On Friday, April 20, Laura Zseleczky successfully defended her masters thesis entitled Gender and Pest Management in Ghana: Implications for the Introduction of an IPM Program for Tomato. I had the pleasure of serving on Laura’s thesis committee with Dr. Maria Elisa Christie (committee chair) and Prof. Tim Luke.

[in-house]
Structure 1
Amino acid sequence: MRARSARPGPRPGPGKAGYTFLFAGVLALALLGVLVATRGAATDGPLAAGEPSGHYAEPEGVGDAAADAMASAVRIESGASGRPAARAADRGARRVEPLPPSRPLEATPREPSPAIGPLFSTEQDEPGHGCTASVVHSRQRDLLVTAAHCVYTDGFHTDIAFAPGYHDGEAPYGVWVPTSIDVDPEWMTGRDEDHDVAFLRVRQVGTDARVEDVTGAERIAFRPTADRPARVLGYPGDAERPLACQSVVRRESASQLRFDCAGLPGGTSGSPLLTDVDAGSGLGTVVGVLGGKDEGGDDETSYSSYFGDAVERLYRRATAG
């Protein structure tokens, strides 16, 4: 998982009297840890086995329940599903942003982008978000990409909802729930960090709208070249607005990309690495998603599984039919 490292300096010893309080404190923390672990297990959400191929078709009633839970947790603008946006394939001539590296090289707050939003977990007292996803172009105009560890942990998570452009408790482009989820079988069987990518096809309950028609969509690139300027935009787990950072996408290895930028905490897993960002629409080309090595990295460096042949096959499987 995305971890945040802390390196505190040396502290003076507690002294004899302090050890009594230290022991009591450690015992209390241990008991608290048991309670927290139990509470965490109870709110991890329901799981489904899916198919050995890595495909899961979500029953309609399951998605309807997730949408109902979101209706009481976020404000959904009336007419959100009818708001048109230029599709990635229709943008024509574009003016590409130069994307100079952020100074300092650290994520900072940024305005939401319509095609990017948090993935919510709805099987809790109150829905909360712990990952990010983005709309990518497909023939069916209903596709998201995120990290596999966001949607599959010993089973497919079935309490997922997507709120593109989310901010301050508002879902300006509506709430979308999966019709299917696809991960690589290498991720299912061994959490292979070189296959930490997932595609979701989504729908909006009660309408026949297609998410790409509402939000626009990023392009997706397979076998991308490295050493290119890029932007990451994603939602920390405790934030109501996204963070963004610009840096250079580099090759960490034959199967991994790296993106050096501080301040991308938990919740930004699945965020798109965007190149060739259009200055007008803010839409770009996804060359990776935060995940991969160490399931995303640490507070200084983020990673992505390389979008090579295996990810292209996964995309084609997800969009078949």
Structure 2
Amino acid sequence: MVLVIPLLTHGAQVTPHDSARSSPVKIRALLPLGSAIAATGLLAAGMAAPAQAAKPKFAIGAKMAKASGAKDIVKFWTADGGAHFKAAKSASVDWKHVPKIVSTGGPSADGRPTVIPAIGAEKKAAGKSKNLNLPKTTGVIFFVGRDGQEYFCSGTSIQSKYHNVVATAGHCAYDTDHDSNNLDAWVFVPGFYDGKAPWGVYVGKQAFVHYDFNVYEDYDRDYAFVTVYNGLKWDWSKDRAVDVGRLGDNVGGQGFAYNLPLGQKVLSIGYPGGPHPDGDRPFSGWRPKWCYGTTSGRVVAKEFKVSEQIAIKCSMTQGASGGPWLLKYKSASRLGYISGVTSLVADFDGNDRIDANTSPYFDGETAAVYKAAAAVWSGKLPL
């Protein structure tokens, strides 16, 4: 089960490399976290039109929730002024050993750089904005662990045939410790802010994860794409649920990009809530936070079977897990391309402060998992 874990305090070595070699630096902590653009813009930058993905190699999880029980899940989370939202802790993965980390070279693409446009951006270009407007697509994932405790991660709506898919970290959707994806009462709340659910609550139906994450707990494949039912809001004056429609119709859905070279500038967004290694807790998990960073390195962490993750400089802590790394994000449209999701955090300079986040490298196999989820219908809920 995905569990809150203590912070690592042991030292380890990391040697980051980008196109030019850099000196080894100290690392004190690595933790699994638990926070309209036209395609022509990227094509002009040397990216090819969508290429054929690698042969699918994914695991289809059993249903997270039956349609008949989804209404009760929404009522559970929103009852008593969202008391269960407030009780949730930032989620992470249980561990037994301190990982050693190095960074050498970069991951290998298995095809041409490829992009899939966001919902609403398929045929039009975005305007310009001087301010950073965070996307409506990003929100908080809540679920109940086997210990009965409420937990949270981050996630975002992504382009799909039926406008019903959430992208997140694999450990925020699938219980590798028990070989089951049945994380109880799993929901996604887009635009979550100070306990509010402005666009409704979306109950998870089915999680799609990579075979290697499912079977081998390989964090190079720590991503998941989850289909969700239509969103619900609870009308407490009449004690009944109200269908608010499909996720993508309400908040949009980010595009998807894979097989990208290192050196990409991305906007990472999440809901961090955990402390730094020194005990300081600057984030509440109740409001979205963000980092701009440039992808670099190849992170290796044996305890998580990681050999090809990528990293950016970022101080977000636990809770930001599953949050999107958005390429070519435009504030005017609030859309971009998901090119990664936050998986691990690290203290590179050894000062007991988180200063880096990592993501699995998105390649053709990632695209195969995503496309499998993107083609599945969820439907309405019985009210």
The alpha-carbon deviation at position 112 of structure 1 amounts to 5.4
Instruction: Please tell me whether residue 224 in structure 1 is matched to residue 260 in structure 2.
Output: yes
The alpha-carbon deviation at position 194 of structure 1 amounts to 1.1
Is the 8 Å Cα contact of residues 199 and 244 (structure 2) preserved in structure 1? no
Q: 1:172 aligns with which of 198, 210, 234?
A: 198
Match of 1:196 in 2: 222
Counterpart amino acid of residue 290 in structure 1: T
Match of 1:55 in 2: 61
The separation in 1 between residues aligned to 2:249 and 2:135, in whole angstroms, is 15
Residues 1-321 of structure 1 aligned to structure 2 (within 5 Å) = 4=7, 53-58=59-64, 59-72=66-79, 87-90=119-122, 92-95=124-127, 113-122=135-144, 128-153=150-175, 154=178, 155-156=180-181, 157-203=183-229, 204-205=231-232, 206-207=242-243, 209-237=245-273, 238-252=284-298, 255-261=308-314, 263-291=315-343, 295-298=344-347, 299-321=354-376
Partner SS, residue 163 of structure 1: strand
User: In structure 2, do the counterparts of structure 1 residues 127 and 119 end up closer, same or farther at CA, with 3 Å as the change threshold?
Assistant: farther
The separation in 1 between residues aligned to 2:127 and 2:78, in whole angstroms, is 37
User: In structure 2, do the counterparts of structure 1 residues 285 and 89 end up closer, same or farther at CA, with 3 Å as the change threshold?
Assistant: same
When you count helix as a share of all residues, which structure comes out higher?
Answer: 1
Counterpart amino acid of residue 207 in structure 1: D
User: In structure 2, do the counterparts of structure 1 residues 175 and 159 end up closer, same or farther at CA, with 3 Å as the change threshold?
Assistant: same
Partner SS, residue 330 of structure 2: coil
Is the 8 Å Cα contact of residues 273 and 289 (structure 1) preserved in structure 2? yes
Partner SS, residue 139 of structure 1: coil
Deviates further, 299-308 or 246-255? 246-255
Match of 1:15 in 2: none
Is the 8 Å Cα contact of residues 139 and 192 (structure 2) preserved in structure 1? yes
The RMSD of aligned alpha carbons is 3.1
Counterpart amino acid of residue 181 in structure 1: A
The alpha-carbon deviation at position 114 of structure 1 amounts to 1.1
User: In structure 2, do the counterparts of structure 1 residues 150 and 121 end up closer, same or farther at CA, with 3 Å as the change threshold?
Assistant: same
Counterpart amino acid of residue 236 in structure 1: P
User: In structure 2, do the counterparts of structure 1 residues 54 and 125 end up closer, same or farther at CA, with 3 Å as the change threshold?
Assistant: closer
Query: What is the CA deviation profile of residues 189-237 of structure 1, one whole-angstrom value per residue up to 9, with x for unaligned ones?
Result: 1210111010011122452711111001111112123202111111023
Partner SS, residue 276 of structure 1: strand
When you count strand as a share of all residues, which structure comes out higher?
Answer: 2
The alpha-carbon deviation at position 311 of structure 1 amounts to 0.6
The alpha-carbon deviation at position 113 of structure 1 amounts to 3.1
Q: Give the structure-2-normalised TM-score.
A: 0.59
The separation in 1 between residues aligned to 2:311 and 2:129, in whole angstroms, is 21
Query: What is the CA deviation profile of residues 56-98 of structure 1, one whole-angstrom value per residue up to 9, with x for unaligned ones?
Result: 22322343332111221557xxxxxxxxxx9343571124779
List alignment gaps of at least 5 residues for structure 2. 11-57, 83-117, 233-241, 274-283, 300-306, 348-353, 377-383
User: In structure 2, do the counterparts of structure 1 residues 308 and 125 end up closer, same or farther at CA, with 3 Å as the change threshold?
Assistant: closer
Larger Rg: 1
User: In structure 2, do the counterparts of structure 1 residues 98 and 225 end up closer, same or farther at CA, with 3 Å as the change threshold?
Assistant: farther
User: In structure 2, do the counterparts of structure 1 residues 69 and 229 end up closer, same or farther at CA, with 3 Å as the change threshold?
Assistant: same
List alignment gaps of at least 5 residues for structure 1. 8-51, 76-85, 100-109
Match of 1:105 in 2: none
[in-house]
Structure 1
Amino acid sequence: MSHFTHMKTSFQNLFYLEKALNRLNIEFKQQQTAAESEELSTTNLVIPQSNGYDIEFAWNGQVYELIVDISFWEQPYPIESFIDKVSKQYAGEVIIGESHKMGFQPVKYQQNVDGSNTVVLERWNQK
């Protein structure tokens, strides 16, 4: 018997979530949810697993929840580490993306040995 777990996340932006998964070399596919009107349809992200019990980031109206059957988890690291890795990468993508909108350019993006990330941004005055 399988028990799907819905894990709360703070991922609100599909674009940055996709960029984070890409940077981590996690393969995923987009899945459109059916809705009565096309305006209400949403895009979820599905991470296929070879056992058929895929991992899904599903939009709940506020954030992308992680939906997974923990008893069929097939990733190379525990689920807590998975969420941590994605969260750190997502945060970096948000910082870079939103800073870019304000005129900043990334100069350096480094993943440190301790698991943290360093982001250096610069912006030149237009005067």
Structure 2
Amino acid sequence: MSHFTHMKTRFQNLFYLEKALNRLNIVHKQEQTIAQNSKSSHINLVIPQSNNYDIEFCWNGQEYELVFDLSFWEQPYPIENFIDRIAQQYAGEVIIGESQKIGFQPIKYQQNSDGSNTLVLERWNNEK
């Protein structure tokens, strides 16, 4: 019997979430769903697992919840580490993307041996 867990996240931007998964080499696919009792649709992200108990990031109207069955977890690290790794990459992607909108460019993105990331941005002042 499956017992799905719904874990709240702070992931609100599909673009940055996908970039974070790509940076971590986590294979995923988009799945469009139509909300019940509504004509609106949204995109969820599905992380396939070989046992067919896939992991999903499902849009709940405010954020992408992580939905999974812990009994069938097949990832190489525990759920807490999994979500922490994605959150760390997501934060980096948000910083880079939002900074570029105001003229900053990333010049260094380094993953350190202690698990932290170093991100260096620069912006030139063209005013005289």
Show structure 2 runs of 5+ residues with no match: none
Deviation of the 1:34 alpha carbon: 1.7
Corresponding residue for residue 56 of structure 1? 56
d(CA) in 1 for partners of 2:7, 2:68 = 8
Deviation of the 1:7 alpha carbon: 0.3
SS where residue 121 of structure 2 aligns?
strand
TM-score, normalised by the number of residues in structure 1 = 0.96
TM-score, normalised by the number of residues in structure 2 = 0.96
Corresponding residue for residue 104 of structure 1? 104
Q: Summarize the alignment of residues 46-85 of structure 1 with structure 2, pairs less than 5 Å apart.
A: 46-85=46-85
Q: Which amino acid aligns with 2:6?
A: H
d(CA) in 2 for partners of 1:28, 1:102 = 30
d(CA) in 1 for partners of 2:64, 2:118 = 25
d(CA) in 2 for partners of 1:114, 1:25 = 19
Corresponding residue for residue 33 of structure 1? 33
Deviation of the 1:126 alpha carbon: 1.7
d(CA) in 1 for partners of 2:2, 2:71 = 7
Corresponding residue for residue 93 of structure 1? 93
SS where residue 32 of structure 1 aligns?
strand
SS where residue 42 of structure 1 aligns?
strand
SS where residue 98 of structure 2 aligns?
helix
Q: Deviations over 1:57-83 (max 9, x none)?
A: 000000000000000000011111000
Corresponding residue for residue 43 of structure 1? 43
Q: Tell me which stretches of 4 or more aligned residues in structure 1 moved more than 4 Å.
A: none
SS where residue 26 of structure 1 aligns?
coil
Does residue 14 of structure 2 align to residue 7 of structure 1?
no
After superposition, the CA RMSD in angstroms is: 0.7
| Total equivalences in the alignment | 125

Laura’s research identified gender-based constraints to, and opportunities for, the introduction of an Integrated Pest Management (IPM) program for tomato based on a case study of tomato farmers in the town of Tuobodom in the Brong Ahafo Region of Ghana. Her study seeks to identify the knowledge, practices, perceptions, and access to resources of men and women tomato farmers in Tuobodom, specifically with respect to pesticides and pest management. Laura used a mixed methods approach to combine quantitative and qualitative methodologies including focus group discussions, household interviews, participatory mapping, field visits, key informant interviews, participant observation, and a survey. Key findings in the area of health and safety, markets and the tomato value chain, and information and training reveal general and gender-specific issues that an IPM program should address when working with farmers to develop an effective and sustainable IPM package for tomato in this area. The results from her research also demonstrate the importance of gender analysis in identifying context-specific gender issues. For example, while her research confirmed that men’s roles in tomato production place them at higher risk of exposure to pesticides, her findings challenge the assumption that women’s reproductive roles (e.g., food preparation, caring for the sick, etc.) make them more aware of the risks of pesticides. In the coming months, Laura plans to develop one or two journal articles to summarize the rich and important findings of her work.